Little Town

Little Town, how I dislike you.
Do you ever get tired of being so low?
I mean, look up at those glorious mountains
all around you, do you envy them?
I do. My true love sleeps
on one of those mountains.

Your fields are a thing of beauty though.
On the bus once, C pointed one out,
said he knows the guy who owns it
and he helped clean the place up once.
I’ve been told you are named for these gorgeous expanses.
Squares of green amidst all the brown.

Little Town, how I like you.
Not always, but sometimes.
Especially when I meet C at 6 something AM
and he tells me random facts
about this place I thought I knew so well.
He reminds me how alive you are.

Let me stay as long as I need to.
I don’t mean to hurt you
by wanting to leave,
but I feel like someone else
can offer me more of what I need.
But Little Town, for now it’s you and me.


2 thoughts on “Little Town

  1. It was moving and really spun me around myself, like a spider getting trapped in her own web.. I just wanted to read it through quickly, but I got caught in the web of emotions instead of seeing the poem through to completion. I was wondering about that intro to poetry.. I know it was the passion and the contrariety that drew me in, but I am curious about the form. If you could recommend how to go about taking that class, if it is a class, do let me know. Thanks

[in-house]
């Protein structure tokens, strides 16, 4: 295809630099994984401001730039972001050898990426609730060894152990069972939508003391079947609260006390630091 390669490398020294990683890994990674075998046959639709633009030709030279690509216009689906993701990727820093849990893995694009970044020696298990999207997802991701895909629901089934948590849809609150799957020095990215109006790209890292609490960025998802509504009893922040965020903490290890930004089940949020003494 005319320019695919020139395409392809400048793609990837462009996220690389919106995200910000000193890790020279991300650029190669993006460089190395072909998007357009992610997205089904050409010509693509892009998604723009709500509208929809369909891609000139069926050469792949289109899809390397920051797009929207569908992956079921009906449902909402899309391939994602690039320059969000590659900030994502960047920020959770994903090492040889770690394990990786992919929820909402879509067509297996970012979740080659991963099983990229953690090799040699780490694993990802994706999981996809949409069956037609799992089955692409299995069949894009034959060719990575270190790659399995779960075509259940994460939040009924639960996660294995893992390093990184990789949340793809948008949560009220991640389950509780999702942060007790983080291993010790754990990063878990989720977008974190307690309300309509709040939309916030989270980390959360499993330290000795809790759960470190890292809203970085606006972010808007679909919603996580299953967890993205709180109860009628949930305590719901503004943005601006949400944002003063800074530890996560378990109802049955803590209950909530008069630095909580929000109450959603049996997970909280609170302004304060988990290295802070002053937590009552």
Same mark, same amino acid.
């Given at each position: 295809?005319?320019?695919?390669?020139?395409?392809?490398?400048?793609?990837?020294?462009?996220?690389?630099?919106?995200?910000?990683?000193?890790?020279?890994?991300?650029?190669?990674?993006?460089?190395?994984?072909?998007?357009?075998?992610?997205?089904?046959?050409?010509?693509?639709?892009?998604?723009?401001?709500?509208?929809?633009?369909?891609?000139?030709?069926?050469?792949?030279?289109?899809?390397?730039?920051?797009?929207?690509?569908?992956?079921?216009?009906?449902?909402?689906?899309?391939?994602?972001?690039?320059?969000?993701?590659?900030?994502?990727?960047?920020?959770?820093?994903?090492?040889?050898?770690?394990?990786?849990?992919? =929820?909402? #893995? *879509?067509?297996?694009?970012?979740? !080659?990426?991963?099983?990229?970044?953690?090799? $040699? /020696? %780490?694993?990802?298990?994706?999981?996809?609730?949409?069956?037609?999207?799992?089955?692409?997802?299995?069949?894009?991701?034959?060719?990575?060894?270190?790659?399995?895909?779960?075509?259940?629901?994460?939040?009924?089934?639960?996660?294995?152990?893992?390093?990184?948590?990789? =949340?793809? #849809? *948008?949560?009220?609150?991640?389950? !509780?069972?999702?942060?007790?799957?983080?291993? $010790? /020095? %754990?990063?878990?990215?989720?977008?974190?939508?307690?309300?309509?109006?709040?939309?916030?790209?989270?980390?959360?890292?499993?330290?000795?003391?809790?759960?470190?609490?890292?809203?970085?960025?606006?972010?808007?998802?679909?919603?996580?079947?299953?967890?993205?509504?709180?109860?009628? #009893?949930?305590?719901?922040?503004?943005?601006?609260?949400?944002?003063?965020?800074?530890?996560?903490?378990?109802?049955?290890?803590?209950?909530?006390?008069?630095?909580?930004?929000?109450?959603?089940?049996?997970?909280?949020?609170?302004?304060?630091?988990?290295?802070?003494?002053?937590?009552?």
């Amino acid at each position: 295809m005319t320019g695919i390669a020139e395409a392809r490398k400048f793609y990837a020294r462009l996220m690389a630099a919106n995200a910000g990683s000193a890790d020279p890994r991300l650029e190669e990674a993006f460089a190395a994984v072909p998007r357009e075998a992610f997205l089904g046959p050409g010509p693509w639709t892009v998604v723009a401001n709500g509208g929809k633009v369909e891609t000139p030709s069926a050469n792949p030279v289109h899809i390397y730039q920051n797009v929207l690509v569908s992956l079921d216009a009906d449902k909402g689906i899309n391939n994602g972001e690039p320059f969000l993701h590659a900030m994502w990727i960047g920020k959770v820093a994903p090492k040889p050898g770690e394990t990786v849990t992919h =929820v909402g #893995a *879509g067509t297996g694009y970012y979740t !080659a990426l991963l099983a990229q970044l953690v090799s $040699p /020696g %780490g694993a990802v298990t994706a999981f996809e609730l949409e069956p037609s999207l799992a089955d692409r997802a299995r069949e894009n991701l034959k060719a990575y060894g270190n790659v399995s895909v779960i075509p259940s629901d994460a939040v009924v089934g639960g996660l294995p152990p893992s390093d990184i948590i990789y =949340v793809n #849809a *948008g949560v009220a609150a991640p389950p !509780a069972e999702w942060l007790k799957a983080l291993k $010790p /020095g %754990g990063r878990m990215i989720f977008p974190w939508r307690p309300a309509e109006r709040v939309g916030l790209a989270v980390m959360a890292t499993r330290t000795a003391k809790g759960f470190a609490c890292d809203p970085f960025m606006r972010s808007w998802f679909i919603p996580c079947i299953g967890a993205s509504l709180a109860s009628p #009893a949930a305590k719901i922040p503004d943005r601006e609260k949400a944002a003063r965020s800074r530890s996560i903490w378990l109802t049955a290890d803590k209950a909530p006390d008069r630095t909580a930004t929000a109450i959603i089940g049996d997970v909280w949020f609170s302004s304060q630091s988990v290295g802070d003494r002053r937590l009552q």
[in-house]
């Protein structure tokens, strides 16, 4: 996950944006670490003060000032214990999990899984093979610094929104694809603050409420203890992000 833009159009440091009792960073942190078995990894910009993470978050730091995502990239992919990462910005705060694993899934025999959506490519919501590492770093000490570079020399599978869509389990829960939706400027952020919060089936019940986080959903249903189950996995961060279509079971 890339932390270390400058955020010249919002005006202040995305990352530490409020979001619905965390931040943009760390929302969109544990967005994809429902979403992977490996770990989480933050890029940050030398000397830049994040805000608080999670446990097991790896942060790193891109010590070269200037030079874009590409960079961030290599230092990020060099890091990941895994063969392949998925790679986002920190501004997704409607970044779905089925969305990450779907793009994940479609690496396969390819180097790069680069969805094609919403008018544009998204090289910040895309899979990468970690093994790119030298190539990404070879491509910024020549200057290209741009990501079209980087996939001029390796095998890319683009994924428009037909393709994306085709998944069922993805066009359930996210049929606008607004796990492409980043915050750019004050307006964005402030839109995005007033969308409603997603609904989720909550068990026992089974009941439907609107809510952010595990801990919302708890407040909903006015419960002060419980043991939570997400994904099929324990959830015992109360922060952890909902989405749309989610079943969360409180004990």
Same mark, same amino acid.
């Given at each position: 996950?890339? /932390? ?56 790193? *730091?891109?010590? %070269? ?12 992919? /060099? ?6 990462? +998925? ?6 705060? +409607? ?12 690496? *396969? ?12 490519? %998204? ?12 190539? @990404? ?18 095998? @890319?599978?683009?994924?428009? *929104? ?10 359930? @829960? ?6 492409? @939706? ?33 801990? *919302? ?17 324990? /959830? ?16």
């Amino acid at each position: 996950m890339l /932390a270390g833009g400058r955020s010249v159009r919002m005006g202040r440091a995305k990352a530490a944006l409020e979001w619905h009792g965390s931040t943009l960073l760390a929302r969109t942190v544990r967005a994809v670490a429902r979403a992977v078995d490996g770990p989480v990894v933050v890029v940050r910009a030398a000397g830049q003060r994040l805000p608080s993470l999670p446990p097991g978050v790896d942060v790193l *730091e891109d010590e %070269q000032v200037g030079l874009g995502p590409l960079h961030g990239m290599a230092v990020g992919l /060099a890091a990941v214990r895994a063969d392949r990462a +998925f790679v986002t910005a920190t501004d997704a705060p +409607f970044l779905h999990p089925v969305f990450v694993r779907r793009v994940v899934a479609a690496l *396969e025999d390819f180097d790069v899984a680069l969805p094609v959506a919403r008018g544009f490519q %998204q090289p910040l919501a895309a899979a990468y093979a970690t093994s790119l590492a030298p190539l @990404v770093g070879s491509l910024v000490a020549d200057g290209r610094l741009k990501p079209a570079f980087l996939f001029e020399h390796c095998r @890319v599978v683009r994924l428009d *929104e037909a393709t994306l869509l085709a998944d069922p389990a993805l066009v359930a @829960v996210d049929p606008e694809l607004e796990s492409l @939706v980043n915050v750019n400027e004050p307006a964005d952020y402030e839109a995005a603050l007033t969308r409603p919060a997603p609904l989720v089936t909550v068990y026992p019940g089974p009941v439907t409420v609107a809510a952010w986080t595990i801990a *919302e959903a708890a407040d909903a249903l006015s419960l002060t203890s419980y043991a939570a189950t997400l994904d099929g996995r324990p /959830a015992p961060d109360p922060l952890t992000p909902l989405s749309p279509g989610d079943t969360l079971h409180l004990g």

Liked by 1 person

  2. It’s a 10 day “class” where you get an assignment emailed to you daily. Each assignment has a one word prompt and a poetic form or technique to try out, and then there’s a link to a page with tips on how to use the poetic form/technique.

    For this poem, the poem it’s self is just free form. The poetic “technique” that I used here is called apostrophe and it’s when you address a poem directly to a person or inanimate object, in this case I wrote the poem as if I was speaking to my hometown. The prompt was “landscape”.

    It’s kind of weird that you now exist in two spaces…


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